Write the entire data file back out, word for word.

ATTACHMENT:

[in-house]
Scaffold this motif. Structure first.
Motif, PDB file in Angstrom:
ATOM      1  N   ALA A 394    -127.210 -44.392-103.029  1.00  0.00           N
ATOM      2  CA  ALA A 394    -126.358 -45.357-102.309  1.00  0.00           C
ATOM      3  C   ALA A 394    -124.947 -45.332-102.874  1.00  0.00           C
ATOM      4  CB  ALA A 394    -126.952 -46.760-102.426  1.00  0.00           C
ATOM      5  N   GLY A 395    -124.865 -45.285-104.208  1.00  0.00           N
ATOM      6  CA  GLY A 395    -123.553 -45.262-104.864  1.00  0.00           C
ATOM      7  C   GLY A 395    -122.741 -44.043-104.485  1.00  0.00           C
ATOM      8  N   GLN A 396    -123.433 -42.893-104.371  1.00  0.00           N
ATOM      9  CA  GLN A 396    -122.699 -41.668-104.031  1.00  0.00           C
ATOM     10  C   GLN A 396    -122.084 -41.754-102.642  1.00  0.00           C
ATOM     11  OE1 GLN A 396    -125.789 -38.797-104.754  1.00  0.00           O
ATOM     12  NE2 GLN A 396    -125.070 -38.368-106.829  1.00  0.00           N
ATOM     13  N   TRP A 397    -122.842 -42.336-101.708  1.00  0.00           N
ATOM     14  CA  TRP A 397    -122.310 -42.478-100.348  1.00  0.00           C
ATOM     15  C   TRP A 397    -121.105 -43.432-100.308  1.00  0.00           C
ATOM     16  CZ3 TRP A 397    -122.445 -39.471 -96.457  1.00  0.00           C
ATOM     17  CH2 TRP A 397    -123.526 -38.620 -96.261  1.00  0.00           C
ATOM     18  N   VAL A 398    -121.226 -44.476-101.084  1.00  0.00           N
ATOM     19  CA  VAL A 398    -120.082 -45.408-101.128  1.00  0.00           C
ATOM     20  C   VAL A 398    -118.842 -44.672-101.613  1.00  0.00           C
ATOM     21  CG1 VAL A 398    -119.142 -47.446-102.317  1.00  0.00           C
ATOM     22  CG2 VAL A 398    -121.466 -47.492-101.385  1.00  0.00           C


[in-house]
Scaffold this motif. Structure first.
Motif, PDB file in Angstrom:
ATOM      1  N   ALA A 394    -127.210 -44.392-103.029  1.00  0.00           N
ATOM      2  CA  ALA A 394    -126.358 -45.357-102.309  1.00  0.00           C
ATOM      3  C   ALA A 394    -124.947 -45.332-102.874  1.00  0.00           C
ATOM      4  CB  ALA A 394    -126.952 -46.760-102.426  1.00  0.00           C
ATOM      5  N   GLY A 395    -124.865 -45.285-104.208  1.00  0.00           N
ATOM      6  CA  GLY A 395    -123.553 -45.262-104.864  1.00  0.00           C
ATOM      7  C   GLY A 395    -122.741 -44.043-104.485  1.00  0.00           C
ATOM      8  N   GLN A 396    -123.433 -42.893-104.371  1.00  0.00           N
ATOM      9  CA  GLN A 396    -122.699 -41.668-104.031  1.00  0.00           C
ATOM     10  C   GLN A 396    -122.084 -41.754-102.642  1.00  0.00           C
ATOM     11  OE1 GLN A 396    -125.789 -38.797-104.754  1.00  0.00           O
ATOM     12  NE2 GLN A 396    -125.070 -38.368-106.829  1.00  0.00           N
ATOM     13  N   TRP A 397    -122.842 -42.336-101.708  1.00  0.00           N
ATOM     14  CA  TRP A 397    -122.310 -42.478-100.348  1.00  0.00           C
ATOM     15  C   TRP A 397    -121.105 -43.432-100.308  1.00  0.00           C
ATOM     16  CZ3 TRP A 397    -122.445 -39.471 -96.457  1.00  0.00           C
ATOM     17  CH2 TRP A 397    -123.526 -38.620 -96.261  1.00  0.00           C
ATOM     18  N   VAL A 398    -121.226 -44.476-101.084  1.00  0.00           N
ATOM     19  CA  VAL A 398    -120.082 -45.408-101.128  1.00  0.00           C
ATOM     20  C   VAL A 398    -118.842 -44.672-101.613  1.00  0.00           C
ATOM     21  CG1 VAL A 398    -119.142 -47.446-102.317  1.00  0.00           C
ATOM     22  CG2 VAL A 398    -121.466 -47.492-101.385  1.00  0.00           C